Sequel to this story: This special monarch entered our home as a tiny egg on a leaf August 8, hatched into a tiny caterpillar August 12, became a chrysalis on August 29, and finally, hatched into a beautiful butterfly and flew off on September 8. Bon voyage!

Tuesday, August 11, 2009

Teachable Moments

In science studies, teachable moments are abundant. But they are also abundant in everyday life. As a career science educator I formed strong, positive views of the value of science and scientific thinking skills as a tool to strengthen reasoning power, to understand cause and effect relationships, and to promote a sense of wonder about the world around us. This is but a minimal listing of the benefits inherent in science studies. If science is poorly taught or approached with tedium or indifference, the value of science for the student is diminished, as it would be for any subject. At worst, negative attitudes could prevail into adulthood.

What are the positive values of science as a faith strengthener for our young people? I propose that using a scientific approach to affirm the reality of God has definite advantages across the complete age group spectrum from youth to mature adult. Much of the curricular material in our church educational programs centers on social and interpersonal relationships as these connect with Bible events and Scripture passages. This is appropriate, of course, but not to the exclusion of other approaches which may have more apologetic value in our post-modern society.

We might ask how Moses presented his apologetic case to the Israelites. How did he channel the chosen people toward belief and obedience? We have a clue in nearly the entire book of Deuteronomy--three great speeches which may have been three of the longest sermons in the history of preaching. After nearly 40 years of wilderness wandering from Egypt to the Promised Land, none of those who left Egypt, except Joshua and Caleb, was permitted to enter Canaan. Those who would enter were all first or second generation witnesses to God’s awesome personal presence during those four decades. They had experienced the presence of God on Mt. Sinai in smoke, thunder, lightning, clouds, and earthquakes. They had seen the stone tablets engraved by God. They observed Moses’ radiant face after he talked with God, and miracles in the wilderness such as a guiding cloud by day and a pillar of fire at night. They witnessed production of water from the rock, and provision of quail and manna.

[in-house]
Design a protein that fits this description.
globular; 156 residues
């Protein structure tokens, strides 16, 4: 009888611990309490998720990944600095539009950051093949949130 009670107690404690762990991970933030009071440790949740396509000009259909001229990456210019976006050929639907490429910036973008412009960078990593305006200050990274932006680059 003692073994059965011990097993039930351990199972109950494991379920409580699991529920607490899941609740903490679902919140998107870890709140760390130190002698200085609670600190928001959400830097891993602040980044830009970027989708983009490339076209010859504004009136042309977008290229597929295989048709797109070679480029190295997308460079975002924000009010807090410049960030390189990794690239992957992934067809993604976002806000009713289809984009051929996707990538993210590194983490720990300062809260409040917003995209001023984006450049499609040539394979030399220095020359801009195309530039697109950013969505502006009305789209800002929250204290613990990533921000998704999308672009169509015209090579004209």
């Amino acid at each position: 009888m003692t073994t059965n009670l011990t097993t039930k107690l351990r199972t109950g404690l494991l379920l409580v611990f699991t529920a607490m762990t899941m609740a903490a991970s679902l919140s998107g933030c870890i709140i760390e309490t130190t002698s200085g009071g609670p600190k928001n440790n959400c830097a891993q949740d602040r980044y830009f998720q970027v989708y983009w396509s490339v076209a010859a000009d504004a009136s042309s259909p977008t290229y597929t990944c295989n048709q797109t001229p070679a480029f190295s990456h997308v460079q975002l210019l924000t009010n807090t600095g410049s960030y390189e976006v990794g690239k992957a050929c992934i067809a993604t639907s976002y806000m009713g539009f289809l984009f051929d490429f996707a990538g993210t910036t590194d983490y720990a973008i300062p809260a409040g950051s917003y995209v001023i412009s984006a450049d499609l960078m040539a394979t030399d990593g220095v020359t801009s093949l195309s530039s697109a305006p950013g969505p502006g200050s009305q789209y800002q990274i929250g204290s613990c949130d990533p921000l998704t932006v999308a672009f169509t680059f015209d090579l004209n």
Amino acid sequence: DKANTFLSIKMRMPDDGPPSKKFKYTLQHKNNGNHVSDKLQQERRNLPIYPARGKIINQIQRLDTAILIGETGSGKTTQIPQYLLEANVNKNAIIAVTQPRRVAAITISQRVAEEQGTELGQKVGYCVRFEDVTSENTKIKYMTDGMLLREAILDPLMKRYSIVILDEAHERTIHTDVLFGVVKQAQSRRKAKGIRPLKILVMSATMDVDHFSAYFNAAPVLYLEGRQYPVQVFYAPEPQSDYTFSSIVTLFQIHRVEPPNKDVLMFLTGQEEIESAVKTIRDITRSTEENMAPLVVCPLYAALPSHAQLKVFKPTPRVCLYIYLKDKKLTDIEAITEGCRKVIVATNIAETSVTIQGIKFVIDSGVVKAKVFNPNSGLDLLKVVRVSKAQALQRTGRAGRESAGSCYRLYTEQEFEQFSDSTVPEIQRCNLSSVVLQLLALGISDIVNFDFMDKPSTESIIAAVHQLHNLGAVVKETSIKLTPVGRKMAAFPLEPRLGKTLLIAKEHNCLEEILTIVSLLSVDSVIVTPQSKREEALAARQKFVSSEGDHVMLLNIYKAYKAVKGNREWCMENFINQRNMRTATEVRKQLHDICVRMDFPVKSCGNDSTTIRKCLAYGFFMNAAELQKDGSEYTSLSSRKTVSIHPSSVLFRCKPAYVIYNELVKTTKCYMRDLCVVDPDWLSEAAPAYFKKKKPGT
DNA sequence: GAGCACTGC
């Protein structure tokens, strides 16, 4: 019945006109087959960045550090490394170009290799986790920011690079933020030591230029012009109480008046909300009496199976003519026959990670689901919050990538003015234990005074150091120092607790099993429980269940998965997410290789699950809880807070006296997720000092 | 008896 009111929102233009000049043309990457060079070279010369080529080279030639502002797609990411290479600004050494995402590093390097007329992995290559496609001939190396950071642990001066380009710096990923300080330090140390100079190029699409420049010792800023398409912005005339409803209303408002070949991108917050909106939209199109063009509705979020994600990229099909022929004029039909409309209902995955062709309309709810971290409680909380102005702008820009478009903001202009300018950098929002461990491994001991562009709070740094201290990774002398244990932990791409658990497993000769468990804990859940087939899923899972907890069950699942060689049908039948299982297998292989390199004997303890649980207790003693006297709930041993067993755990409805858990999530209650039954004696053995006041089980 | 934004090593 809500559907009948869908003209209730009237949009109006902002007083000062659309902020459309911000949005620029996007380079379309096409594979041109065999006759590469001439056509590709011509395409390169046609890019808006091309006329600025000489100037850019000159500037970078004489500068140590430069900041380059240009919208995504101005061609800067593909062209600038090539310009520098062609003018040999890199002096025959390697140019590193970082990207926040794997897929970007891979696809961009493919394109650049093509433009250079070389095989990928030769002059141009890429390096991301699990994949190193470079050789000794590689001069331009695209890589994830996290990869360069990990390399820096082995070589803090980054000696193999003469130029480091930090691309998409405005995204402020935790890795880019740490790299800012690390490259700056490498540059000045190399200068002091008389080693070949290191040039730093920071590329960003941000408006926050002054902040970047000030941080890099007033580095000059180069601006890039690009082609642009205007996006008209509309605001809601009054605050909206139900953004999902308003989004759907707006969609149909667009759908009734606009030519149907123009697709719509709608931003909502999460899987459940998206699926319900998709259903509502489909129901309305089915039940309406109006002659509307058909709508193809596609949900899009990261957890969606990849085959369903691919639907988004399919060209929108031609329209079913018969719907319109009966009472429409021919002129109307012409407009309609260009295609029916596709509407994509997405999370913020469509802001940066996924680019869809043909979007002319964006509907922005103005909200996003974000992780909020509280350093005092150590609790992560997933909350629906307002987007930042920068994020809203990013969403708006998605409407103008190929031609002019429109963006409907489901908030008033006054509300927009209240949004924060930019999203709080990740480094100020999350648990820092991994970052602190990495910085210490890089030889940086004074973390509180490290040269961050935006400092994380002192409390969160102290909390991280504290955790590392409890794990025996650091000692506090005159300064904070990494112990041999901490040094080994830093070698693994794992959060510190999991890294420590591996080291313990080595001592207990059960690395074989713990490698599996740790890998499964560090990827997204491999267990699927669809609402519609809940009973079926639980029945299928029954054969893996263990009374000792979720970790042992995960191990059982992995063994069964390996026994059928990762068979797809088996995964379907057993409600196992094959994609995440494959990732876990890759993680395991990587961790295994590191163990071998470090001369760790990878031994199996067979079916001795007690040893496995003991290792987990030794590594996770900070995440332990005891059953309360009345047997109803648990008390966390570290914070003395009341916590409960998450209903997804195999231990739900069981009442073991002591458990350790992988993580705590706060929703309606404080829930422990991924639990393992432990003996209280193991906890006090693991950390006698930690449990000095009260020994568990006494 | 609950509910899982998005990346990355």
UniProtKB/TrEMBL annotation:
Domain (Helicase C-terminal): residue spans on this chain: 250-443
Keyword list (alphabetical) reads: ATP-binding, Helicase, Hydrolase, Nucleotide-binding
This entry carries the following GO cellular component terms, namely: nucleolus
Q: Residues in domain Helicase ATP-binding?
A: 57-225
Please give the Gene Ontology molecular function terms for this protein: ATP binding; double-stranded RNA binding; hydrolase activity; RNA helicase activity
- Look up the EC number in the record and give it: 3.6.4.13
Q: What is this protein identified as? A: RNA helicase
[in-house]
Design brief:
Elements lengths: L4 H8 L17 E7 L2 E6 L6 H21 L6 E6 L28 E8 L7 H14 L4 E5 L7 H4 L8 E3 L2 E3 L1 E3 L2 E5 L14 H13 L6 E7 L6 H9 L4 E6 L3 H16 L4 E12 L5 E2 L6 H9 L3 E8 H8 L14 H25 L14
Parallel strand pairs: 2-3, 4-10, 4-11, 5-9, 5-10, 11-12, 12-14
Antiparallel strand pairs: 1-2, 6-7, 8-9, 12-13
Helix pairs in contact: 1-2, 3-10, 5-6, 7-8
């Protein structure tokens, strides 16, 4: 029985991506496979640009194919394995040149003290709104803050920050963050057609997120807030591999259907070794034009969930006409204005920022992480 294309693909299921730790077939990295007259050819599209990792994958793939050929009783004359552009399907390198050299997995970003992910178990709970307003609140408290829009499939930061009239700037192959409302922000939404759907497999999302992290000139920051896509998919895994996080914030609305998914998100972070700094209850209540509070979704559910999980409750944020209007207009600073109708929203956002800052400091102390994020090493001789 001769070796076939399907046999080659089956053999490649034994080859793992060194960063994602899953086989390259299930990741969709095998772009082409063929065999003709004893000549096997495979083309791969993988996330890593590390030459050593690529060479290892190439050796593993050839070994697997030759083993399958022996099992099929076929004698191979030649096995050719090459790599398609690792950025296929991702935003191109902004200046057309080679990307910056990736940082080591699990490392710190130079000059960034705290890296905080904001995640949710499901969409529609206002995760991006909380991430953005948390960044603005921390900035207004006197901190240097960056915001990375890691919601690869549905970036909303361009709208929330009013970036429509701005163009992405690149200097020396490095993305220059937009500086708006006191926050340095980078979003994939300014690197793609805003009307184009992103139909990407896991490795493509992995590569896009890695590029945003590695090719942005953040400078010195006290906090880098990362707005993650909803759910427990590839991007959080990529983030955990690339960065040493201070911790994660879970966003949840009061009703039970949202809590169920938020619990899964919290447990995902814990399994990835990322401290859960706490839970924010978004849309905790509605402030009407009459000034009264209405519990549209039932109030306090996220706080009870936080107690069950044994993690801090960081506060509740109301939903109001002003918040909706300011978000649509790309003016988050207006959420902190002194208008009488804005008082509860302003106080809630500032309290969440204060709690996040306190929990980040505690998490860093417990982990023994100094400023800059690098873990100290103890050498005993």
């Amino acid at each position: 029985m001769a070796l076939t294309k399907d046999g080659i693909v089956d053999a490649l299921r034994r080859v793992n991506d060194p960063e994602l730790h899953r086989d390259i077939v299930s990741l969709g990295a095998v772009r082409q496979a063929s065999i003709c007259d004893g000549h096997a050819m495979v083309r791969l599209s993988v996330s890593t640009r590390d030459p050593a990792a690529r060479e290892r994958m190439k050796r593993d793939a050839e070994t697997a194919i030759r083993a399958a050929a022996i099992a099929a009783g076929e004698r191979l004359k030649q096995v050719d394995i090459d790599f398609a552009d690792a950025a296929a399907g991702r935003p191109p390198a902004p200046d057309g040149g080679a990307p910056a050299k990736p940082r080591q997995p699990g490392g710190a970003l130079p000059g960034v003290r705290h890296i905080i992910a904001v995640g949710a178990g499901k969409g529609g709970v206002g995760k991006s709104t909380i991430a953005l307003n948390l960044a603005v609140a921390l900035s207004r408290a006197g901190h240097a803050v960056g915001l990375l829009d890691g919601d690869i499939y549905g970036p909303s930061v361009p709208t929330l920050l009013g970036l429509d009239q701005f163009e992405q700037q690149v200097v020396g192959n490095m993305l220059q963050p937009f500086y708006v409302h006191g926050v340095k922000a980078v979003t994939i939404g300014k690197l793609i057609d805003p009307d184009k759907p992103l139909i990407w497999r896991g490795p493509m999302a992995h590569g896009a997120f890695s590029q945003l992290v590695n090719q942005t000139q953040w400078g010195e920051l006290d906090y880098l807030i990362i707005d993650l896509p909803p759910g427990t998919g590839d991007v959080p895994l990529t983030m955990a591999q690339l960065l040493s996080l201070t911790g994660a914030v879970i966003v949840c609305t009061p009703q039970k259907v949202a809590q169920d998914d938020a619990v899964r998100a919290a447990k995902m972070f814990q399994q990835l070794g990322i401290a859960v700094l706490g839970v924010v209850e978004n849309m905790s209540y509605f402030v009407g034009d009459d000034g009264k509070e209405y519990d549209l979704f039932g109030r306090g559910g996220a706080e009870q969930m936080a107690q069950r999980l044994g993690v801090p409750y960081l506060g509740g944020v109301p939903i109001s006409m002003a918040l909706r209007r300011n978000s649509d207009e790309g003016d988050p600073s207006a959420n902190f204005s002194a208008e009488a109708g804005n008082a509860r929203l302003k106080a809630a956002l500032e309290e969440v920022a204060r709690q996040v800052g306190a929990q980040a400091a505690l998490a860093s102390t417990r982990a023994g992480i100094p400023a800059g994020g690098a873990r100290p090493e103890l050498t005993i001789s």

When Moses delivered his lengthy sermons there was little need for references to nature’s glory, for they were eyewitnesses to God’s glory. Nevertheless, he did say, in his second speech, “To the Lord your God belong the heavens, even the highest heavens, the earth, and everything in it” (Deut. 10:14 NIV). Moses sermon, therefore, was primarily exhortation to obey the statutes of God who had visited them in many direct, physical manifestations. Belief, therefore, in God’s reality was easy, but consistent obedience to Him in future times would not be so easy.

In our 21st century, we have the voice of the natural world which speaks loudly of God’s reality. Science has unlocked previously unknown secrets of the functionality and fine-tuning of that natural world. In Moses’ day, very little such knowledge existed. The first several centuries of the scientific revolution produced exciting, yet primitive concepts compared with the complex and wonderful discoveries of the last century. Today it is difficult to keep abreast of the profusion of knowledge.